Watson and the Shark - My Musings on Perfectionism
In my freshman year of college, I took a class that focused on influential pieces of art throughout history. One of the paintings in the textbook that really jumped out at me was called "Watson and the Shark," an oil painting by the Anglo-American artist John Singleton Copley:
I knew the name of this painting and the artist behind it (had to memorize that stuff for the college tests ya know) but I didn't really know much beyond that.
It's one of those paintings that is so good I will never forget it, but I will also NEVER have this hanging in the walls of my house... gives me too many heebie jeebies.
What makes this painting so memorable to me is the IMMEDIATE sensation of dread and terror I feel when I look at this, for several reasons:
1) Giant shark. Terrifying.
2) Murky water. One of my top 3 fears (the other two are ants and jellyfish)
3) The subject (Watson) is helpless in the water, and also naked. Evokes a state of extreme vulnerability, and not a position I'd want to be in.
4) Watson has a TON of friends in that boat trying to help them, but most of them can't do anything except helplessly look on as the shark moves in for another attack.
5) You can't determine what is immediately going to happen next in the painting: Is the shark going to chomp on Watson's head? Is Watson going to grab the rope and pull himself to safety? Are his friends going to be able to pull him in? Is the guy with the harpoon going to be able to stab the shark and save Watson?? Even if they get Watson, are they going to be able to get him into the boat before the shark can attack again?? Anxiety!!!
6) Knowing this painting was based off a true story, and that Watson was a real person that really experienced the terror in this painting (and lost his leg in the attack as well) gave an extra layer of dread to the whole piece.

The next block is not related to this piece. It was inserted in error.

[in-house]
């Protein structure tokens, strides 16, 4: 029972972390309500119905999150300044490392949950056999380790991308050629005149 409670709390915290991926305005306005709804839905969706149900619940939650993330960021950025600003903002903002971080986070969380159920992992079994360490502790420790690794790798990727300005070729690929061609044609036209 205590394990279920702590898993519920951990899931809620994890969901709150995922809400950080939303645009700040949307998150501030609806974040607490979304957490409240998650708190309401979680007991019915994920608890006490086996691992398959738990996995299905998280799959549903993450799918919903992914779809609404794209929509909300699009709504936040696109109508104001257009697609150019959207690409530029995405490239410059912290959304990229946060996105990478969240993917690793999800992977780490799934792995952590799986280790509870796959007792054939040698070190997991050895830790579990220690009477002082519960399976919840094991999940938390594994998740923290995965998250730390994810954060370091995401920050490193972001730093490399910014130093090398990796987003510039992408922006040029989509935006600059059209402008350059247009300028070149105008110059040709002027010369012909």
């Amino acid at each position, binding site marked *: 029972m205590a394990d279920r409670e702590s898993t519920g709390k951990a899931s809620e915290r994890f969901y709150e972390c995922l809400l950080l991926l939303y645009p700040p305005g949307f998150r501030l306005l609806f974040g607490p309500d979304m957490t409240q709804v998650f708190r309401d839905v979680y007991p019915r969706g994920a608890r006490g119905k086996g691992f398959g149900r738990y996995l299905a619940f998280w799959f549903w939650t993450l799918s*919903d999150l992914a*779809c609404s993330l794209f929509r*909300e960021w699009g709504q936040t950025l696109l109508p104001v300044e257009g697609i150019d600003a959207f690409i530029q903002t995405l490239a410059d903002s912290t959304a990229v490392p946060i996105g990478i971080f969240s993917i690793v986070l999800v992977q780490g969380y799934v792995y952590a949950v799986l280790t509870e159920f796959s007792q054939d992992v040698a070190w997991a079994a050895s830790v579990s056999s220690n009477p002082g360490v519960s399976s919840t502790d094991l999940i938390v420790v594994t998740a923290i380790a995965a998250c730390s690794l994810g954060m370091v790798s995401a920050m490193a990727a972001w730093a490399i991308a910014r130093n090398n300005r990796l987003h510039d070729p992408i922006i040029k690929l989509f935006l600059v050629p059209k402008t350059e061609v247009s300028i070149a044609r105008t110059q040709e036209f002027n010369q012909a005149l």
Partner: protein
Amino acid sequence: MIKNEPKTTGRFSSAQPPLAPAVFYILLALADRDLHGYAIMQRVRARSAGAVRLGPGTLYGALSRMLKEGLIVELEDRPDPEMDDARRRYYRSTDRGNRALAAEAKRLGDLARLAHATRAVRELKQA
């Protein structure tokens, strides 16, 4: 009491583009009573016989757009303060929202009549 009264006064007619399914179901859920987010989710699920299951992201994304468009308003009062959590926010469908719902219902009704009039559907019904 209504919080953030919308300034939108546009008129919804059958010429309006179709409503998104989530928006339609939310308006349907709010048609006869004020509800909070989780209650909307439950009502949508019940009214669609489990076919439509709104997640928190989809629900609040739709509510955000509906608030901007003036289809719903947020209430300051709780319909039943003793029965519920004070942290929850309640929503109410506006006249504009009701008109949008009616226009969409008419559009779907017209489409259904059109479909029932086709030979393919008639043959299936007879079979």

As I was reading the Wikipedia article about this painting, something jumped out at me, specifically this phrase:
"Copley had never visited Havana, and it is likely that he had never seen a shark, much less one attacking a person... The shark is less convincing and includes anatomical features not found in sharks, such as lips, forward-facing eyes that resemble a tiger's more than a shark's and air blowing out from the animal's "nostrils."
Sure enough, when you look at that shark, it is definitely NOT what a shark looks like in real life. Wildlife experts would shred his interpretation to bits and pieces, probably deeming the shark to look a bit too "derpy."
While the overall painting is very impressive, that shark is wildly imperfect.
But it doesn't matter.
Knowing the shark is anatomically flawed doesn't take away the dread I feel when I look at this painting. I don't focus on the shark's weird nostrils and think "bah, how could any professional artist paint such a goofy shark?!"
I fight a daily battle of overcoming perfectionism, and practicing art is one of the areas I struggle with the most. I look at the professionals that have been painting for DECADES and think "Until my art is at their level, I don't want it on public display!"
I've been working really hard for several years to overcome this mindset. I've forced myself to share my art, even when it's still a work-in-process, or even when I'm not happy with how it turned out. Day by day, I'm internalizing more and more that it's not about the perfection, but the passion in what you do.
Learning the history behind this painting helped me further realize that a piece of art doesn't have to be perfect to be remembered in the history books. Even some of the greatest art masterpieces in history like "David" and "Birth of Venus" aren't without their flaws.
So whatever you are passionate in, keep working at it and continue to learn and grow, and don't be afraid if every so often you create (or become) a derpy shark... it just means you're in good company!